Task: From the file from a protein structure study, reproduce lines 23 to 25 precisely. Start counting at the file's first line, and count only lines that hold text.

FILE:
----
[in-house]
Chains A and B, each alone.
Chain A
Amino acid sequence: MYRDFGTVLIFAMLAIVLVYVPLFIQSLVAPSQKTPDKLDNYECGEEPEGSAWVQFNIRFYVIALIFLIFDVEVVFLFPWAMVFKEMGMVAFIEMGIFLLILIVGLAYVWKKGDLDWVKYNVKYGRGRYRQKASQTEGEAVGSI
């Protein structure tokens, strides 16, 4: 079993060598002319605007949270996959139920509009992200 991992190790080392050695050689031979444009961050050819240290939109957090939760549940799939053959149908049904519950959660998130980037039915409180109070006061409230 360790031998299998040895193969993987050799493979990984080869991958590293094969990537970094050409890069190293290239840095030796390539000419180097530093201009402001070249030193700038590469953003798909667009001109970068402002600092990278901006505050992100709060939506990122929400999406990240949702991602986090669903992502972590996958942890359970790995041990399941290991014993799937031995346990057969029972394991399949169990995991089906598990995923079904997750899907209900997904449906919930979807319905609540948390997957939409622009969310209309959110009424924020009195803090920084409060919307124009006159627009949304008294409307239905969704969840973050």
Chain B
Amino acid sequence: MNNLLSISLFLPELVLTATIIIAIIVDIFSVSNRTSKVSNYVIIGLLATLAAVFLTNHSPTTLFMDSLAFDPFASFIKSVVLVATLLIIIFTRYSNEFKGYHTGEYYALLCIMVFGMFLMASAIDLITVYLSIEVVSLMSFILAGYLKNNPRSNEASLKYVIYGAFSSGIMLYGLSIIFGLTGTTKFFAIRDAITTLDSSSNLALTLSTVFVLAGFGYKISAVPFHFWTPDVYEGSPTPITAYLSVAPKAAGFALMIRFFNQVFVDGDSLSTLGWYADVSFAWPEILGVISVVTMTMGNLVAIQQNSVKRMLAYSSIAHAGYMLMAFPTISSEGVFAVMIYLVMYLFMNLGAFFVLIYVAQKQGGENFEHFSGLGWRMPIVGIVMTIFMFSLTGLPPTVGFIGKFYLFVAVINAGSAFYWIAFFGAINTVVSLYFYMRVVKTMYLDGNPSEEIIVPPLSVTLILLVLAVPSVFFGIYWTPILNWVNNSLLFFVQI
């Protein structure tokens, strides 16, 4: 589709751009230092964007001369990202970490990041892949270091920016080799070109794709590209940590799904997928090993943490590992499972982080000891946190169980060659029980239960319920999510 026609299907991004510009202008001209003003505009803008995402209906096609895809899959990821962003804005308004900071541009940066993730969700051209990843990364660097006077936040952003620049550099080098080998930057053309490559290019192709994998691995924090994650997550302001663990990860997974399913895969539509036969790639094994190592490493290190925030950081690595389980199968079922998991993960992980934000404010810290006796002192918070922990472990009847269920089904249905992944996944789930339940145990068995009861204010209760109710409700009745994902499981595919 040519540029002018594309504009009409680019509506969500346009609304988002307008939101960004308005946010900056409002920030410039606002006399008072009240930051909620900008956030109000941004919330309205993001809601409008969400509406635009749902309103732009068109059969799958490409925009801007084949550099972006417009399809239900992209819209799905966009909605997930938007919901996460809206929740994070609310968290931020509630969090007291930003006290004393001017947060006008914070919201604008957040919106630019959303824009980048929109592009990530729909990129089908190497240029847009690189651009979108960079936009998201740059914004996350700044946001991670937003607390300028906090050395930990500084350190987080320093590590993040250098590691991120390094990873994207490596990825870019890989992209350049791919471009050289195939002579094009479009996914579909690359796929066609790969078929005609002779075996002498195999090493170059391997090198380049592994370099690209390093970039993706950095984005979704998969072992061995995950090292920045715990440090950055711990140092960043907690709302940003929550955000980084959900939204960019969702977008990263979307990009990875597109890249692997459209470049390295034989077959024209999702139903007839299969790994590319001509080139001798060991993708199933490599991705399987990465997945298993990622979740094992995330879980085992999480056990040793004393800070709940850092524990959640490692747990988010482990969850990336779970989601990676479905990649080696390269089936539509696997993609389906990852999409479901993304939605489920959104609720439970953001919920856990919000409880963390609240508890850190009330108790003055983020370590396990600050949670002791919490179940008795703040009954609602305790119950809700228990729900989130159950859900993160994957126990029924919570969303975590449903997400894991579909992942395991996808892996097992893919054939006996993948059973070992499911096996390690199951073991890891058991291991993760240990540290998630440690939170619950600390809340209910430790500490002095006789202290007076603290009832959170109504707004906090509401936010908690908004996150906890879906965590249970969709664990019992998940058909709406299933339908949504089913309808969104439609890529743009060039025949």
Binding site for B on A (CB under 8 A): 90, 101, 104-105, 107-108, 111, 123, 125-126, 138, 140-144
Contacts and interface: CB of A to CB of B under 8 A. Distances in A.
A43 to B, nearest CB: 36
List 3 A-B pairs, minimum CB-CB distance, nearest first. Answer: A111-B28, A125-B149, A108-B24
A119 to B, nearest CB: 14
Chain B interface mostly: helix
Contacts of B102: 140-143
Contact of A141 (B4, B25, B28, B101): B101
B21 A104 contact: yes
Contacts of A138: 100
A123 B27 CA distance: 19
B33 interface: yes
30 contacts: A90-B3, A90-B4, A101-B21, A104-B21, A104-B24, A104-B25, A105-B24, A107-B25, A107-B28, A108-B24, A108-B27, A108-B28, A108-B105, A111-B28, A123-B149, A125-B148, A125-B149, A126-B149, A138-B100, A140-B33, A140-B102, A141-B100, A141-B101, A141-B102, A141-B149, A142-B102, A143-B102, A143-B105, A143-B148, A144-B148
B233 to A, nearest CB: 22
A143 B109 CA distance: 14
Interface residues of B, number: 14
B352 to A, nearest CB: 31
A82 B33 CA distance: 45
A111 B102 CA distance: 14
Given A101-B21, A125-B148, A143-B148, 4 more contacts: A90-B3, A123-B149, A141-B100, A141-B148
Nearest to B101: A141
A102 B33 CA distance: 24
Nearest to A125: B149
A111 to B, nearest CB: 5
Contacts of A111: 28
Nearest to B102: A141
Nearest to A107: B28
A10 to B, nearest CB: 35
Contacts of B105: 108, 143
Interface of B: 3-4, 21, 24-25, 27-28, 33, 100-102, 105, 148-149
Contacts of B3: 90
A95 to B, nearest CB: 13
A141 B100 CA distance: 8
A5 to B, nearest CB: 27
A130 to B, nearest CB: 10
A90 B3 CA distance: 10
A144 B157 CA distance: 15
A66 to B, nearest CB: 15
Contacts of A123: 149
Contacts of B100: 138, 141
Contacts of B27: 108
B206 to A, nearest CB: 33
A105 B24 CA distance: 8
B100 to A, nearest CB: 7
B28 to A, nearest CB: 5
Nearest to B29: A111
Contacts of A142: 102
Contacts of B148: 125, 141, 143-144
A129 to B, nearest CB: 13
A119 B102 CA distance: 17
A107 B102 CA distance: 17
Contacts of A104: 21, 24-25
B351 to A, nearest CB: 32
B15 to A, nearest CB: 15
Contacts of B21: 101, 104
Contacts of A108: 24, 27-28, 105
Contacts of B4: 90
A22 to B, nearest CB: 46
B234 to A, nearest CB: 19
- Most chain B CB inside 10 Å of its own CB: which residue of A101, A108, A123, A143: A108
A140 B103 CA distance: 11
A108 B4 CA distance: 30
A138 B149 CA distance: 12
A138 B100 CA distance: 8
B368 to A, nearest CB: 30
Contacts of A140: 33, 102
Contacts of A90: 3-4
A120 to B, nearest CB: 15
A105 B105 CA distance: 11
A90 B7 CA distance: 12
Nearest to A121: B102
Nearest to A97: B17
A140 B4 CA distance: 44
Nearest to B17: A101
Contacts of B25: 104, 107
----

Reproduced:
A143 B109 CA distance: 14
Interface residues of B, number: 14
B352 to A, nearest CB: 31